WASHINGTON — The nomination of Robert Califf, MD, as FDA commissioner is getting good reviews from most health policy and cardiology experts.
“He has a very good understanding of industry and academia, and think that will serve him well,” Caleb Alexander, MD, co-director of the Johns Hopkins Center for Drug Safety and Effectiveness in Baltimore, told MedPage Today in a phone interview. “He built and grew the Duke Clinical Research Institute into a behemoth, so he has deep experience in drug development. On the medical products side, he has a deep and comprehensive understanding … from manufacturers and academia, so I think he’ll be very well suited there.” […]
Califf was nominated on Tuesday by President Obama; he is currently serving as FDA’s deputy commissioner for medical products and tobacco. Prior to that appointment, Califf was vice-chancellor for clinical and translational research at Duke University in Durham, N.C., where he also co-chaired the Clinical Trials Transformation Initiative, a public-private partnership co-founded by Duke and the FDA to identify and promote practices that will increase the quality and efficiency of clinical trials. […]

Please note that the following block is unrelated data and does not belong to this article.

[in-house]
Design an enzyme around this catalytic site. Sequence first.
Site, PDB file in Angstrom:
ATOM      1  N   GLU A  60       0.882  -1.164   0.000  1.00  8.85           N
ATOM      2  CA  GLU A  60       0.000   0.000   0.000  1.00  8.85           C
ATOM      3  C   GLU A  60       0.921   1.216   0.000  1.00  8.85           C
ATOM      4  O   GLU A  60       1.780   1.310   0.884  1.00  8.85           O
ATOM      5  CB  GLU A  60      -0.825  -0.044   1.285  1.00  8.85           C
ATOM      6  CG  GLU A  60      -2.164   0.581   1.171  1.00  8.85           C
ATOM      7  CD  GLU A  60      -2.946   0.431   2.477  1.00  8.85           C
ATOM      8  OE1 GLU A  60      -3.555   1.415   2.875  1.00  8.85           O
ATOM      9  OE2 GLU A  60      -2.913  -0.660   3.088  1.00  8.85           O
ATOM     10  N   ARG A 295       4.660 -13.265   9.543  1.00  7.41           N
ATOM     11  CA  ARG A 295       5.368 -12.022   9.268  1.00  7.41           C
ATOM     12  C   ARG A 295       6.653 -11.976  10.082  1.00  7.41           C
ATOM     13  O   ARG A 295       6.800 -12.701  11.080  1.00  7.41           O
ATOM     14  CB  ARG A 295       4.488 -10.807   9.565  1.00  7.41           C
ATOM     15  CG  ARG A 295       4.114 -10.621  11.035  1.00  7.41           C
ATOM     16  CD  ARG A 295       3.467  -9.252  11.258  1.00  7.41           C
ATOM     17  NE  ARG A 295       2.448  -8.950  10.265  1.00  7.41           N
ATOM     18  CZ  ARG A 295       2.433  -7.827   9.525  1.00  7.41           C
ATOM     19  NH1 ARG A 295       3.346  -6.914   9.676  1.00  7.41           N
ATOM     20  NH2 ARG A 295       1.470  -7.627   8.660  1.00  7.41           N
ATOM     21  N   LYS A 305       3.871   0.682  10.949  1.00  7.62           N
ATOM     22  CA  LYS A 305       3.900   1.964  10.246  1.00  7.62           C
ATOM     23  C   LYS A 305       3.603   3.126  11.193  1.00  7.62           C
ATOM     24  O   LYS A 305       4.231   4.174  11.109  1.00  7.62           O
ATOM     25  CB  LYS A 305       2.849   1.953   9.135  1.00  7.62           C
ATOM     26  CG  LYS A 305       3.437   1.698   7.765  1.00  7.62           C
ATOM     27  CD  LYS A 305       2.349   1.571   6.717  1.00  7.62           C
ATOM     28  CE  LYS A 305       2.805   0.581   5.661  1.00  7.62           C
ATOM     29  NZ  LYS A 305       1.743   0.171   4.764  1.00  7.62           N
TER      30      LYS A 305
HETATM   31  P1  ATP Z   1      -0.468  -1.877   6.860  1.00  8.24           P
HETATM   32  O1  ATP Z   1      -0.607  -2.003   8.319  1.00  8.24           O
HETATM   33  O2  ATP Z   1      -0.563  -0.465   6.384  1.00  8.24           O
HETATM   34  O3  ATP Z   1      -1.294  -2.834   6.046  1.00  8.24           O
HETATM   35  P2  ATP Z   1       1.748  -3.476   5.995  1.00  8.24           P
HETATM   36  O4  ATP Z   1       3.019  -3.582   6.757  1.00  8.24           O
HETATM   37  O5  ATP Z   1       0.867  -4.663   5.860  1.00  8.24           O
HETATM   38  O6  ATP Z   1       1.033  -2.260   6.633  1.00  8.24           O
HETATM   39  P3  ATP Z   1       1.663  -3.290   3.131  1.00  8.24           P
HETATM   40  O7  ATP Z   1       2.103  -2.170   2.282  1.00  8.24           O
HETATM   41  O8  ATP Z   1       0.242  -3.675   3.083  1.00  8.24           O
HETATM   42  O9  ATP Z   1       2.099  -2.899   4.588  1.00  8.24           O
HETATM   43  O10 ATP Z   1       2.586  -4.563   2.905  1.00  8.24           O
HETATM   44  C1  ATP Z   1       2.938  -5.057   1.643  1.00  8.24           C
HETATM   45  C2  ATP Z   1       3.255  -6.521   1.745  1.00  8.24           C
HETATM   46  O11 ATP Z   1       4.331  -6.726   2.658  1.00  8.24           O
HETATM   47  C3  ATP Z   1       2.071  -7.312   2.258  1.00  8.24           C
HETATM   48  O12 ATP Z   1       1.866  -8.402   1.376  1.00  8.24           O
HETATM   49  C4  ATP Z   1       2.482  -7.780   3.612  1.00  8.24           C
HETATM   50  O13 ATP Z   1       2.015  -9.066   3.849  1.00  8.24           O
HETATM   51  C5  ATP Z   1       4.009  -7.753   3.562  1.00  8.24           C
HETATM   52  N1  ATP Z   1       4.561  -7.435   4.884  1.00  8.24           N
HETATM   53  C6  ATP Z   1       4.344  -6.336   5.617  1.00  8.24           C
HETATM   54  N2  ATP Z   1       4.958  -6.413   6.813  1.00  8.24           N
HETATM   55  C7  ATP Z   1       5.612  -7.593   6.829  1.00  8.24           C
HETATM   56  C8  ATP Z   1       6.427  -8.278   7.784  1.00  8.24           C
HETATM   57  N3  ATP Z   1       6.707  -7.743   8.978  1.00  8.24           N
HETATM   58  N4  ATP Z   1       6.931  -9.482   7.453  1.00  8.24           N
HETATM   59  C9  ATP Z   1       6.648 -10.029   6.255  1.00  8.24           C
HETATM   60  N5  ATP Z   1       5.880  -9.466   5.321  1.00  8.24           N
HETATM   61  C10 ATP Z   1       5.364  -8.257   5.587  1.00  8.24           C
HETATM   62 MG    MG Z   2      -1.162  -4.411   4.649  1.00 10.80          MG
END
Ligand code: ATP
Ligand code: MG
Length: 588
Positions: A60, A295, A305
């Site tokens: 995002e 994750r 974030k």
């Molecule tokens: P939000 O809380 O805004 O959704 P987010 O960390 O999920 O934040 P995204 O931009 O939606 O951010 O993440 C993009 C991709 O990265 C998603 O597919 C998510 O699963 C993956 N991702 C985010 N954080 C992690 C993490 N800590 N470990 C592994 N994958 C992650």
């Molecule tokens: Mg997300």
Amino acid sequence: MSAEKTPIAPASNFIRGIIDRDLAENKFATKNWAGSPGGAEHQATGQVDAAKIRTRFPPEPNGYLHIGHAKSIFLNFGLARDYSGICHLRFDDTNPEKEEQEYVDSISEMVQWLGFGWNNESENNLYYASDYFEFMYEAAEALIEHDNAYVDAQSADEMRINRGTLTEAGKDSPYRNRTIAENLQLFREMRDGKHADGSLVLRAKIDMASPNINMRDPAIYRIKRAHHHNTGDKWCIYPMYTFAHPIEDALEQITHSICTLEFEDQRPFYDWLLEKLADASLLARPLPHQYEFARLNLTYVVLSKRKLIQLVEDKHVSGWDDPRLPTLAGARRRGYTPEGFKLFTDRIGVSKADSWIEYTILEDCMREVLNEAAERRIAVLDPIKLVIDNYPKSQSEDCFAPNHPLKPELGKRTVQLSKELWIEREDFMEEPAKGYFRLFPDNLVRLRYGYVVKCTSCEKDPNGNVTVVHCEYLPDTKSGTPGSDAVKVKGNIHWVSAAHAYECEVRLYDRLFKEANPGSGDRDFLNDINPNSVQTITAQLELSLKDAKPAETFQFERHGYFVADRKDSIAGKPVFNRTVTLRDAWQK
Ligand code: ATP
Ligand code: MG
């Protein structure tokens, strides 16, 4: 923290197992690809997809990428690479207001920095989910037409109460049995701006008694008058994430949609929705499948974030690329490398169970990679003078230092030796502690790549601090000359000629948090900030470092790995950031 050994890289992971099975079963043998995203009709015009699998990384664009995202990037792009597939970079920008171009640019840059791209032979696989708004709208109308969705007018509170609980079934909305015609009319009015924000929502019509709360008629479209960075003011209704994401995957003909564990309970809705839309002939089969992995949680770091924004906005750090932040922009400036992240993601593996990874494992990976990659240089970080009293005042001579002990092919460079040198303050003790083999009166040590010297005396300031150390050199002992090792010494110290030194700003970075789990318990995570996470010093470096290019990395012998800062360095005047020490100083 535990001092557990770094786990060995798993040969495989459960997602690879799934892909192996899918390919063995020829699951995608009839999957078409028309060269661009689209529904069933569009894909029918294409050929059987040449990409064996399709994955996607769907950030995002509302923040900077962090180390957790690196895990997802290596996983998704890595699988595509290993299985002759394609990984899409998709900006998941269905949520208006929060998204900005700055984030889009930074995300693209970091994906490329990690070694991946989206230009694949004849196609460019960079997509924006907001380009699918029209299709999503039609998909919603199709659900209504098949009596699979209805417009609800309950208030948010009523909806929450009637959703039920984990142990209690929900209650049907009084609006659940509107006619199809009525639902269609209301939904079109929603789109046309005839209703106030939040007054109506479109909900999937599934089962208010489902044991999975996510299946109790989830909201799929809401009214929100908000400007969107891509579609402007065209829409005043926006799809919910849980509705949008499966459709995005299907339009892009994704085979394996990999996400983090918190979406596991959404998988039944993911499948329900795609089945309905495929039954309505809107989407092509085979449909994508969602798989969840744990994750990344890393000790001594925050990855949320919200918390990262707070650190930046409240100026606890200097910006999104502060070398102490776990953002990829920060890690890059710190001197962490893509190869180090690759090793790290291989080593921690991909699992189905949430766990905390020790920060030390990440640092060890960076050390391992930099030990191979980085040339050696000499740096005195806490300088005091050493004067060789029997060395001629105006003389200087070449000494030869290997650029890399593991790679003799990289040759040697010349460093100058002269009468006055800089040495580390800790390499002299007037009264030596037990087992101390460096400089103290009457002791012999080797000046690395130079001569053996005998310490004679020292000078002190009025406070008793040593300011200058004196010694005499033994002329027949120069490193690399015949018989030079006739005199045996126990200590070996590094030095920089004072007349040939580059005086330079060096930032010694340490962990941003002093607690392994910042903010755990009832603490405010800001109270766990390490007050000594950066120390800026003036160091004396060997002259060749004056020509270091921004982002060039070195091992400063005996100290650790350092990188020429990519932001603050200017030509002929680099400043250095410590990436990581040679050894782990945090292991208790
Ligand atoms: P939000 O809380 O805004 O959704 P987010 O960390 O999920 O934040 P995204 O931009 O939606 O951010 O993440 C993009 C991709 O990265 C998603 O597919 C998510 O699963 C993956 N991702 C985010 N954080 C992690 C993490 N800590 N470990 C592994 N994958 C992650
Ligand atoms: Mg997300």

One area that might cause controversy with Califf’s nomination is his ties to the pharmaceutical industry. “His very close ties to industry [are] his greatest weakness from a public health point of view,” Diana Zuckerman, PhD, president of the National Center for Health Research, a think tank here that researches the safety of medical products for consumers, said in an email. “That’s why Republicans have supported his nomination and many Democrats have opposed it. Those ties have also been a source of great concern to public health experts across the country.”
“If he is confirmed, he will need to show his independence from industry in order to protect the safety of patients and the integrity of the FDA as a public health agency,” she said. “This will be especially important because the 21st Century Cures Act, which passed the House overwhelmingly and is being revamped in the Senate, has the strong support of pharmaceutical and device companies, as well as academic researchers who depend on industry funding, as Dr. Califf did when he was at Duke.”
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